I had another moment. You know, that moment when you hear a librarian talk about what she does and then you want to BE that kind of librarian. In my International Librarianship class today, we had a children’s librarian from Finland (via skype) tell us about libraries in Scandinavia. She showed us pictures from two or three different libraries but the one that really stuck out was Rum för Barn in Stockholm, Sweden. It is a library designed especially for children under the age of eleven. The shelves are made to be climbed on and in, there are special peek holes where crawling children can find butterflies and things, and there are very cool shadow boxes that show children what kinds of books can be found on each shelf. I was so jealous, looking at her pictures and thinking about how I’d never been to a library like that and now I wouldn’t fit. Also, at the same library the librarians, who are all coincidentally women, wear special skirts with many pockets. In some of those pockets, they carry slips of paper with words on them. Some of the words are real words and some are nonsense, but children can “borrow” the words to use as inspiration and “return” them in a special basket when they are done. How awesome is that?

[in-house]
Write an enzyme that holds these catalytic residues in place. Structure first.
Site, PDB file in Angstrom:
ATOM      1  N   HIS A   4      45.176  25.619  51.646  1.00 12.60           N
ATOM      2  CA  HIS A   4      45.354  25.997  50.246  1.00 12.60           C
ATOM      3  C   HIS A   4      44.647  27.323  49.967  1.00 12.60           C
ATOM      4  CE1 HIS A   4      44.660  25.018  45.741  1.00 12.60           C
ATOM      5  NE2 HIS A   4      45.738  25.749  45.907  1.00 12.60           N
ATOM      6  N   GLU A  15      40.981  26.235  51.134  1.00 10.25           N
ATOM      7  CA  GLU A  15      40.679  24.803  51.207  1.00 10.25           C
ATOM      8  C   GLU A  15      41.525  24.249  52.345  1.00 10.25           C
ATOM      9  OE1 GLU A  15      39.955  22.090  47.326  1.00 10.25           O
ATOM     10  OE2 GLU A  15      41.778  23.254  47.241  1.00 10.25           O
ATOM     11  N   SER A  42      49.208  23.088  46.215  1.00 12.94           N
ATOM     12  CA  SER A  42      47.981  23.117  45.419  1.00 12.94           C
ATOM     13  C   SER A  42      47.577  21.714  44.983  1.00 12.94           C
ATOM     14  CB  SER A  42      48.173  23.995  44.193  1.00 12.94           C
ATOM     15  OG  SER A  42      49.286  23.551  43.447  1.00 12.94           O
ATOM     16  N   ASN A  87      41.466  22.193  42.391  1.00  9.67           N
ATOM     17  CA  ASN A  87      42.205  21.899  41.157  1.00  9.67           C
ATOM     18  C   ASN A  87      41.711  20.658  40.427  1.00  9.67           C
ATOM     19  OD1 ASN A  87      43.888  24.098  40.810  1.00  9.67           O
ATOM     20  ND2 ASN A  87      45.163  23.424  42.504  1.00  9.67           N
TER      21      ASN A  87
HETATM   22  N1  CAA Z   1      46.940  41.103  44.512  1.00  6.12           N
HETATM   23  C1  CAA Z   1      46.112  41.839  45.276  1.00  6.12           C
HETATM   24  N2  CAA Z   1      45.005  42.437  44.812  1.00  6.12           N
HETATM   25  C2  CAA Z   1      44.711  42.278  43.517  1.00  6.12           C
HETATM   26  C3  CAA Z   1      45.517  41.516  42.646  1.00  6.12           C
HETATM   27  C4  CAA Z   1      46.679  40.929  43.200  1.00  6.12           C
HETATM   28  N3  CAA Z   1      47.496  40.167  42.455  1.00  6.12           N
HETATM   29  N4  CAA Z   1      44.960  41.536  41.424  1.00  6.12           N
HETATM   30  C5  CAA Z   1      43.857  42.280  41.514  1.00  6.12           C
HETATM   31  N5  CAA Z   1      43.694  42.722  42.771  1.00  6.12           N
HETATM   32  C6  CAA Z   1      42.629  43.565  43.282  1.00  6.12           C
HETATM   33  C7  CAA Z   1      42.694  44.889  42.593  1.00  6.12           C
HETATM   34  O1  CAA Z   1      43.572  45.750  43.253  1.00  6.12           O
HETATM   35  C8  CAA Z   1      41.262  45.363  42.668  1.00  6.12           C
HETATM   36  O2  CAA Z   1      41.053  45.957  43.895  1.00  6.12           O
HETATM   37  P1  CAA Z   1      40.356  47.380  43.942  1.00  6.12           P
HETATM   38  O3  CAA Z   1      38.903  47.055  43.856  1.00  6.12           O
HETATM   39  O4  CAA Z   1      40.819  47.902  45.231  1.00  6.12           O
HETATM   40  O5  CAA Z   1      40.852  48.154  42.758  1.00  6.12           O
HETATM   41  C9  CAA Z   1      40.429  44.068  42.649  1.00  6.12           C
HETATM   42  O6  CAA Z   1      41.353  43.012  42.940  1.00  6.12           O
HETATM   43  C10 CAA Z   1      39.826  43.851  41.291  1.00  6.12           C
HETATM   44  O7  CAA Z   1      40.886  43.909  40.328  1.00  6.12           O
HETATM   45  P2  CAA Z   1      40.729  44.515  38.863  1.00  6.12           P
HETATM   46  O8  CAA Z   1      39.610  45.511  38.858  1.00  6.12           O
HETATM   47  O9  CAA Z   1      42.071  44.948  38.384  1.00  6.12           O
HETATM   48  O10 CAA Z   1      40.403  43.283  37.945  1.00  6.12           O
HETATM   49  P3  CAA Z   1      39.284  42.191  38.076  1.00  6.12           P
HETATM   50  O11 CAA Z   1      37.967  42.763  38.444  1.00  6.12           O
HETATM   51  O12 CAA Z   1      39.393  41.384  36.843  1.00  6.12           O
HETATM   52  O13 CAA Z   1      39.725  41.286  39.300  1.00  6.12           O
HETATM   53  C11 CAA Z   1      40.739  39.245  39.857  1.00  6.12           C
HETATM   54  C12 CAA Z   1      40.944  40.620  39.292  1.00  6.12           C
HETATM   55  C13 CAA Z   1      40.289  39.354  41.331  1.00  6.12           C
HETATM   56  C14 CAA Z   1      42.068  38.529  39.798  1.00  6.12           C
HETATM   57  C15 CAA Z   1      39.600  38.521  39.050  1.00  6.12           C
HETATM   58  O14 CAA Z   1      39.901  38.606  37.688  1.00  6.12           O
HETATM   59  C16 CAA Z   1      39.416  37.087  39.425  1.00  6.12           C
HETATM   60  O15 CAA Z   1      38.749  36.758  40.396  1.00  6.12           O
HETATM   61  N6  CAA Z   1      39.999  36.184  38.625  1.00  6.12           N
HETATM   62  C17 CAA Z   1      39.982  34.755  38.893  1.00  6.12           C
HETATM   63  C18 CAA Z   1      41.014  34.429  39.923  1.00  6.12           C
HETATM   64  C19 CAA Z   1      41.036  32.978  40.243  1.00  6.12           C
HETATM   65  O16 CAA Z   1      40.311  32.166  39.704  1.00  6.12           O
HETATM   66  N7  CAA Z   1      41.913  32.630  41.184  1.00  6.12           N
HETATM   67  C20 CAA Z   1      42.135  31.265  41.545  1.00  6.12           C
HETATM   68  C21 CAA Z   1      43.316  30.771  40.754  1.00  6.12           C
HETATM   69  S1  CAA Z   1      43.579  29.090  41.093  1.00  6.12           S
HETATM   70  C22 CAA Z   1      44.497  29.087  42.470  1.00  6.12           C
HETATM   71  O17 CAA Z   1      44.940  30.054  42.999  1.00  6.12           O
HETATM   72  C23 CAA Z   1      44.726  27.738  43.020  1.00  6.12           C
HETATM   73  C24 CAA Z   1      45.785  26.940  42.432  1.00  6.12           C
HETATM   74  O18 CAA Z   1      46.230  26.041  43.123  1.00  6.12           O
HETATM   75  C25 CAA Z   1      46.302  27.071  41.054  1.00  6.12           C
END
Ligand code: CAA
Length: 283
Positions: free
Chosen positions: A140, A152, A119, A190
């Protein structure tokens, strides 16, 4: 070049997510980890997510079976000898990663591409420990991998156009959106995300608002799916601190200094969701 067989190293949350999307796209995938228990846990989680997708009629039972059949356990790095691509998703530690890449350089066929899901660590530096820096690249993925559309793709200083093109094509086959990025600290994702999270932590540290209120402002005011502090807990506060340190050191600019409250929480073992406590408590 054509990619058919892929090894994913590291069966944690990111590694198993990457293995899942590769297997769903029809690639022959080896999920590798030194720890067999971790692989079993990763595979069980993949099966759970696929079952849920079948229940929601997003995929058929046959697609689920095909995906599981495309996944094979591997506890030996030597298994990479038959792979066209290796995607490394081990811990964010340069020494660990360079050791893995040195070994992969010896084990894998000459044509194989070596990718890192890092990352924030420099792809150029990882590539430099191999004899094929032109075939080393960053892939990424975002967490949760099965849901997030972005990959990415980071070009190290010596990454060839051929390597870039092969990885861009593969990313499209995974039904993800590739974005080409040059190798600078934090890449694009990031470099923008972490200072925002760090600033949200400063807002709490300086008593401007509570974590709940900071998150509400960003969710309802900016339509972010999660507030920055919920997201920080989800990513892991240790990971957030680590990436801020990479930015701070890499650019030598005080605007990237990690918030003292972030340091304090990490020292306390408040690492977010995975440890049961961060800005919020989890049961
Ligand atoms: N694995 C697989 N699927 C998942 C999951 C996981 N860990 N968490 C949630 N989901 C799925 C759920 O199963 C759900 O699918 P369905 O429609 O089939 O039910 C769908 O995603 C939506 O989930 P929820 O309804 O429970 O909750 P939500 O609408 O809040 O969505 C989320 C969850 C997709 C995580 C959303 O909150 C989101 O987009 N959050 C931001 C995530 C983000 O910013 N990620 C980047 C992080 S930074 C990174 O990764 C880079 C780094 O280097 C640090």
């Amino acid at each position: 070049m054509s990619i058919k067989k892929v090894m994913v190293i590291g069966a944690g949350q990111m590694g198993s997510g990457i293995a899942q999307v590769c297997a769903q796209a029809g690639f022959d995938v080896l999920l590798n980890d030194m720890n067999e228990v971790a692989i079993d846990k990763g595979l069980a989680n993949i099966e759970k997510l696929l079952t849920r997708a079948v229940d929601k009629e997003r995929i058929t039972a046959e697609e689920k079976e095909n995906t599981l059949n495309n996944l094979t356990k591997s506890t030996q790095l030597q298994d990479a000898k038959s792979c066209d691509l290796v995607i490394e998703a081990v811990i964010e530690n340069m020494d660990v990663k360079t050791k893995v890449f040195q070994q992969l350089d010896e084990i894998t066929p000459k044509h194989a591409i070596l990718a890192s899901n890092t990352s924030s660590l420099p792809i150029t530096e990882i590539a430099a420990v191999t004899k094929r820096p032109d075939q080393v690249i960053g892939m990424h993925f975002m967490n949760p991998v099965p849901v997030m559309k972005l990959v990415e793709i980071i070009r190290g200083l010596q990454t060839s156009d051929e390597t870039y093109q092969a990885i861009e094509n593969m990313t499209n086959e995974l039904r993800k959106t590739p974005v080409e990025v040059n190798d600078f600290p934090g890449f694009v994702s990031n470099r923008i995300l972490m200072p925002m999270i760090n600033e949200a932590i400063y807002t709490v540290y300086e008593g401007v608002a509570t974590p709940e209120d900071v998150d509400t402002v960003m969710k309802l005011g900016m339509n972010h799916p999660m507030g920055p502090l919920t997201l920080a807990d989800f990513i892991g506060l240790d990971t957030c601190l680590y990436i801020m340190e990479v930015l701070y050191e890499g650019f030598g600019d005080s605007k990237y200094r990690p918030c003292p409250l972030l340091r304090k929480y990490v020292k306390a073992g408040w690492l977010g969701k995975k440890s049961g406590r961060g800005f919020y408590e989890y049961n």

The guest speaker also spoke about something called “book talking” which I had never heard of before. The way she explained it, it is exactly what it sounds like. Basically outlining the characters in a book and giving one exciting event that happens, then telling the children to read the book. Awesome! Tell the kids just enough to get them hooked on the story and then leave them with a “and you should read the rest of it yourself.” I think that’s a great strategy to get children interested in reading. I know I’d have to read the book to find out what happened.
But anyways, all three of the libraries she showed us pictures of are REALLY awesome. I now want to study Finnish or Swedish so that I can move to Scandinavia and be a children’s librarian in a totally amazing children’s library like Rum för Barn.